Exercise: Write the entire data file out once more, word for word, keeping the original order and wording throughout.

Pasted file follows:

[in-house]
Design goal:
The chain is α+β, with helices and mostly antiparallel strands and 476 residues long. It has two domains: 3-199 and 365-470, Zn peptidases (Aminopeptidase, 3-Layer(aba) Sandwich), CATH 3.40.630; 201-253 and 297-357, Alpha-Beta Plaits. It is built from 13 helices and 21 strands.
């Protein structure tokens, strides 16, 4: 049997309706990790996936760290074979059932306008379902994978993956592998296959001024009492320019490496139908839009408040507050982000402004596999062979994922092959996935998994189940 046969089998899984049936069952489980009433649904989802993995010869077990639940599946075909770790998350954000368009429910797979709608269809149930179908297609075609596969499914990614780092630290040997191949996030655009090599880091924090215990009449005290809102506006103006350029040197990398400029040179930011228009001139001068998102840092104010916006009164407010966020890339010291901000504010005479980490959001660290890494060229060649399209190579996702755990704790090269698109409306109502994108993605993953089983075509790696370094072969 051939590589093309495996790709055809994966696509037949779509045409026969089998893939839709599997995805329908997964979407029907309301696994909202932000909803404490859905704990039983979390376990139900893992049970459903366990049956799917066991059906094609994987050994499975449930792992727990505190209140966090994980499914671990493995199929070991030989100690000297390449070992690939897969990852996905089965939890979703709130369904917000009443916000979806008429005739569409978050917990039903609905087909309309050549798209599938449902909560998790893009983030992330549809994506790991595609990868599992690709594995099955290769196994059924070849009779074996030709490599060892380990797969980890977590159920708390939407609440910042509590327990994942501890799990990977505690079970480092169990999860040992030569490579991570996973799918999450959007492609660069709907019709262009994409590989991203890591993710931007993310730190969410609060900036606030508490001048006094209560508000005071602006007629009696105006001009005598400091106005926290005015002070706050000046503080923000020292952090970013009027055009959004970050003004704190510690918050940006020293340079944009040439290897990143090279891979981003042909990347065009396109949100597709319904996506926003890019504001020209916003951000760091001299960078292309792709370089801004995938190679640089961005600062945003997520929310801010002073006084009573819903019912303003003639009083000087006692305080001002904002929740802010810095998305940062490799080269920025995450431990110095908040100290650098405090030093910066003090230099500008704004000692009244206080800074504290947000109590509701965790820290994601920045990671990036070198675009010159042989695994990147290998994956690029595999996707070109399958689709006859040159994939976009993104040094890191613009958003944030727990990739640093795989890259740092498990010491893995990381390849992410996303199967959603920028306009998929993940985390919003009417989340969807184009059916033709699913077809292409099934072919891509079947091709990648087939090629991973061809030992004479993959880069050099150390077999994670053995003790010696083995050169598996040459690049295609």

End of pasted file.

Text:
[in-house]
Design goal:
The chain is α+β, with helices and mostly antiparallel strands and 476 residues long. It has two domains: 3-199 and 365-470, Zn peptidases (Aminopeptidase, 3-Layer(aba) Sandwich), CATH 3.40.630; 201-253 and 297-357, Alpha-Beta Plaits. It is built from 13 helices and 21 strands.
């Protein structure tokens, strides 16, 4: 049997309706990790996936760290074979059932306008379902994978993956592998296959001024009492320019490496139908839009408040507050982000402004596999062979994922092959996935998994189940 046969089998899984049936069952489980009433649904989802993995010869077990639940599946075909770790998350954000368009429910797979709608269809149930179908297609075609596969499914990614780092630290040997191949996030655009090599880091924090215990009449005290809102506006103006350029040197990398400029040179930011228009001139001068998102840092104010916006009164407010966020890339010291901000504010005479980490959001660290890494060229060649399209190579996702755990704790090269698109409306109502994108993605993953089983075509790696370094072969 051939590589093309495996790709055809994966696509037949779509045409026969089998893939839709599997995805329908997964979407029907309301696994909202932000909803404490859905704990039983979390376990139900893992049970459903366990049956799917066991059906094609994987050994499975449930792992727990505190209140966090994980499914671990493995199929070991030989100690000297390449070992690939897969990852996905089965939890979703709130369904917000009443916000979806008429005739569409978050917990039903609905087909309309050549798209599938449902909560998790893009983030992330549809994506790991595609990868599992690709594995099955290769196994059924070849009779074996030709490599060892380990797969980890977590159920708390939407609440910042509590327990994942501890799990990977505690079970480092169990999860040992030569490579991570996973799918999450959007492609660069709907019709262009994409590989991203890591993710931007993310730190969410609060900036606030508490001048006094209560508000005071602006007629009696105006001009005598400091106005926290005015002070706050000046503080923000020292952090970013009027055009959004970050003004704190510690918050940006020293340079944009040439290897990143090279891979981003042909990347065009396109949100597709319904996506926003890019504001020209916003951000760091001299960078292309792709370089801004995938190679640089961005600062945003997520929310801010002073006084009573819903019912303003003639009083000087006692305080001002904002929740802010810095998305940062490799080269920025995450431990110095908040100290650098405090030093910066003090230099500008704004000692009244206080800074504290947000109590509701965790820290994601920045990671990036070198675009010159042989695994990147290998994956690029595999996707070109399958689709006859040159994939976009993104040094890191613009958003944030727990990739640093795989890259740092498990010491893995990381390849992410996303199967959603920028306009998929993940985390919003009417989340969807184009059916033709699913077809292409099934072919891509079947091709990648087939090629991973061809030992004479993959880069050099150390077999994670053995003790010696083995050169598996040459690049295609």